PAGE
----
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  • Prospect Heat Check: The kid with more hype than Clayton Kershaw

    Dodgers prospect Julio Urias is receiving more hype than Clayton Kershaw. (AP)Dodgers prospect Julio Urias is receiving more hype than Clayton Kershaw. (AP)At some point this season, Julio Urias will arrive in Los Angeles, the finest pitching prospect to wear a Dodgers uniform since some kid named Kershaw came up in 2008 to the sort of breathless hype he somehow managed to exceed. Those were the nascent days of prospect fetishizing. Now it's a full-on industry and Urias is its pure embodiment.

    From the moment he played full-season minor league ball as a 16-year-old, he was different: preternaturally confident, unnaturally talented beyond his years like a particularly supple new vintage that tastes a couple decades old. The Dodgers let him ripen even more, and here he is now, throwing six-inning no-hitters at Triple-A that ended only because the Dodgers needed to return the 19-year-old to his glass case.

    It would feel wrong if anyone else led off the year's first Prospect Heat Check, a look around the minor leagues at who's hot, who's not and who's next. Urias' arrival isn't necessarily imminent, but it will happen at some point this

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  • If Bryce Harper wants to be baseball's biggest star, he has some lessons to learn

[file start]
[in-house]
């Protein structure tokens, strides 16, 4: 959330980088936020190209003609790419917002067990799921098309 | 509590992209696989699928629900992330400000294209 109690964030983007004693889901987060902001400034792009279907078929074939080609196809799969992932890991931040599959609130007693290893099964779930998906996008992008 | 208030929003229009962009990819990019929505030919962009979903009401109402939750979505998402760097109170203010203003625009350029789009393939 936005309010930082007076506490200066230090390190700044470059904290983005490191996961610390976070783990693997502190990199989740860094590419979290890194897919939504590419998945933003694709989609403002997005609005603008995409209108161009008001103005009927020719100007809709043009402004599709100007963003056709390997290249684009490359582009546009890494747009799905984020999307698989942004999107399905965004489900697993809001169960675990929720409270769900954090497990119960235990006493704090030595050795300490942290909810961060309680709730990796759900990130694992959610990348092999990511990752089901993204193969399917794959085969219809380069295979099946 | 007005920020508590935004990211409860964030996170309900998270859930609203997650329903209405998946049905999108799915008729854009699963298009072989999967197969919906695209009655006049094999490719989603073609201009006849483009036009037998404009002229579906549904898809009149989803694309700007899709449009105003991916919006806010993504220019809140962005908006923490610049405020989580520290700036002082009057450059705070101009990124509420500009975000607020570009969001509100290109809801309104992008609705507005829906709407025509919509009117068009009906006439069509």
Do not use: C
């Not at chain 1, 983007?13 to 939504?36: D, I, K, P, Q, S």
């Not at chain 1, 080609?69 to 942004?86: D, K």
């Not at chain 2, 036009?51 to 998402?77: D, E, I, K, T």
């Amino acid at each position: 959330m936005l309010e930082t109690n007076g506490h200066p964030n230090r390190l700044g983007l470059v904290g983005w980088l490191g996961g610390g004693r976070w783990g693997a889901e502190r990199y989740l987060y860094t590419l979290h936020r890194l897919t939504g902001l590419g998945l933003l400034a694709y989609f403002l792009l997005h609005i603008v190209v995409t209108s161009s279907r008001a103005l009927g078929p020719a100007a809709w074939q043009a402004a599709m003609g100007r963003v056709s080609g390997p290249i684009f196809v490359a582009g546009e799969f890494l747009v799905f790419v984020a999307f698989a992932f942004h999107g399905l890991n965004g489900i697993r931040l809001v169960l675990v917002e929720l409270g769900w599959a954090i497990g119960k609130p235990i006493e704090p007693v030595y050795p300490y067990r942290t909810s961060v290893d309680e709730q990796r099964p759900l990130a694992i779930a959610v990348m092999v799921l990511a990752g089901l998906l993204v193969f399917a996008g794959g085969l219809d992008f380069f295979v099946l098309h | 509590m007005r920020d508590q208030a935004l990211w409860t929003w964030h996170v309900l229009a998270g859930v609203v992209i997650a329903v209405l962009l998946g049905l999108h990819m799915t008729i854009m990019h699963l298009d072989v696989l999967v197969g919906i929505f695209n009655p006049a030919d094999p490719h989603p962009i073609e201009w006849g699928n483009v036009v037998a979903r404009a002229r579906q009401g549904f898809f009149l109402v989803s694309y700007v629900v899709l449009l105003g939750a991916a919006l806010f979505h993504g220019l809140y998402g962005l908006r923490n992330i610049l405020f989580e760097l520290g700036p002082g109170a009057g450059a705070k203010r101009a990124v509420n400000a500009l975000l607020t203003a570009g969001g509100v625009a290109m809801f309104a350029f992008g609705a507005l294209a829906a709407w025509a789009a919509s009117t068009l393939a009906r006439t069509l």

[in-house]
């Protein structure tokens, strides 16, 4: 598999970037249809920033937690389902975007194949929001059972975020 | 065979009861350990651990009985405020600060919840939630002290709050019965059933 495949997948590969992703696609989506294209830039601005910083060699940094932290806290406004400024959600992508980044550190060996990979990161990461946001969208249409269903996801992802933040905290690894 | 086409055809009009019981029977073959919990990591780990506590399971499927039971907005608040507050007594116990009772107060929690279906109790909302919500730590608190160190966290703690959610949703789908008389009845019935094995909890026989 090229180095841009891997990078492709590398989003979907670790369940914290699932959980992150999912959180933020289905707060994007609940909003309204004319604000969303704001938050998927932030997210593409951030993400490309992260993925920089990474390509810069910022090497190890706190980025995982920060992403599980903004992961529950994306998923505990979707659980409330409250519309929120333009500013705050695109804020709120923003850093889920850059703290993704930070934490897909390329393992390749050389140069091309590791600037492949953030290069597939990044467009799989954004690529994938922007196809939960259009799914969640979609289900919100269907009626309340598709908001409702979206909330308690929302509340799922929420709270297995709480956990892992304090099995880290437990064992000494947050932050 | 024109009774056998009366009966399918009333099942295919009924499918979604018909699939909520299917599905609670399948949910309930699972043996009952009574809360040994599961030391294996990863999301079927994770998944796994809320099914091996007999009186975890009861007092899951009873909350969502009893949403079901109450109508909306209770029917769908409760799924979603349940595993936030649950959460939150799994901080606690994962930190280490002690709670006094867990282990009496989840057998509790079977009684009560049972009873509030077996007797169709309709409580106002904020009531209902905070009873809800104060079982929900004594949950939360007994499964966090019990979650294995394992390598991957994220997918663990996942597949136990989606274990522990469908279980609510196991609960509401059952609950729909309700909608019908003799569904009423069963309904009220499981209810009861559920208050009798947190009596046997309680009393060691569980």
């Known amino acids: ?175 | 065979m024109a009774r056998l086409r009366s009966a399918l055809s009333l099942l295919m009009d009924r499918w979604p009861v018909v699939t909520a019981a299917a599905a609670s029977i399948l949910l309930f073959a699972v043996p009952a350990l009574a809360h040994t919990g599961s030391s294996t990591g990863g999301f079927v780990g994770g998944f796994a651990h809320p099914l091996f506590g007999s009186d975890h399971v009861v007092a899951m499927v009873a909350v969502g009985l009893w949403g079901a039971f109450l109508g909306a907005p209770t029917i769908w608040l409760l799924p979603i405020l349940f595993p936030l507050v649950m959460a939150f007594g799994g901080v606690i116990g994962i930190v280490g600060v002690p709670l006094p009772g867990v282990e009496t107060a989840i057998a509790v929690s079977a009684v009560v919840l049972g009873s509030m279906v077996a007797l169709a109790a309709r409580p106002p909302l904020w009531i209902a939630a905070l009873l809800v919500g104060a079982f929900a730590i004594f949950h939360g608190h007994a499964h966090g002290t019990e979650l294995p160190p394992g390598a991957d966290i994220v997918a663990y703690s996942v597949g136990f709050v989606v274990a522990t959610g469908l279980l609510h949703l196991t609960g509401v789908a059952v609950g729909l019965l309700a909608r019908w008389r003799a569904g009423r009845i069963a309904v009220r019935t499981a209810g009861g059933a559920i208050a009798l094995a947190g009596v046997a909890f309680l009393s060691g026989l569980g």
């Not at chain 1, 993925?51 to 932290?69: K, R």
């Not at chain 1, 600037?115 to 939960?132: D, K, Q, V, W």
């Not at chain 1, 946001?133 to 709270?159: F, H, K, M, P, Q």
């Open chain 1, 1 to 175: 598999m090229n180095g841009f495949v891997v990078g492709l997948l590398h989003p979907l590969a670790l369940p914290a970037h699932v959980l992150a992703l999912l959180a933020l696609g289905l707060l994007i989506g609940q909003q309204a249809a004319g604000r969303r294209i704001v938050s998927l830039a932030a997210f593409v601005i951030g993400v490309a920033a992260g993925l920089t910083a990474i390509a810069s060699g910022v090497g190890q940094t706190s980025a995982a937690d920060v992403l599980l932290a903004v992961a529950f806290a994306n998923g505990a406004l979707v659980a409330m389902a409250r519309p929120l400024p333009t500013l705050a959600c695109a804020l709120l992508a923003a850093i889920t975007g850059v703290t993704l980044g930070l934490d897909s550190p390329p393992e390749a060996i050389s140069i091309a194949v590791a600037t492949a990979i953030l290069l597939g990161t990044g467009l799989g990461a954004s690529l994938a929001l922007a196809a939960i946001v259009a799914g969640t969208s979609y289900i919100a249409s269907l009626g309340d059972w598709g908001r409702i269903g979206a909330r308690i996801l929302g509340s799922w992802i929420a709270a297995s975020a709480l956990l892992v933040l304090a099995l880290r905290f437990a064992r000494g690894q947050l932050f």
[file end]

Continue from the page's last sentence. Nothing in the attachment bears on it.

Eight days before Bryce Harper got himself suspended for furrowing his brow, pointing at an umpire and unleashing a vitriolic F-bomb that TV cameras caught in all their high-definition glory, he was talking to me about the importance of his relationship with young baseball fans. In retrospect, it's an interesting conversation that shows the chasm between the place Harper is and where he wants to be.

    In Harper's mind, he is the player trying to Make Baseball Fun Again. He is the most marketable player of his generation, the reigning MVP who happens to match his talent with a cool coif of hair and a big personality. All of these things are true. They do not exist in a vacuum, though. When you foist yourself into the center of a sport whose customs and traditions don't necessarily dovetail with your whole vibe, certain requirements exist. It's not kissing the ring so much as acknowledging who wears it and what it's going to take to win them over.

    Because while Harper, an outfielder for

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  • The Nationals' $175 million gamble on Stephen Strasburg's elbow

    No team in baseball treats surgically repaired elbows with the cocksureness of the Washington Nationals. They engaged in a shutdown that angered more Washingtonians than Ted Cruz’s and refused to budge from it despite immense public pressure. They spent not one but two first-round picks on kids who needed Tommy John surgery and watched one develop into an untouchable prospect and the other into a likely major leaguer. What they did Monday is the most cavalier of all, because this bet on themselves – on an elbow – will cost them $175 million.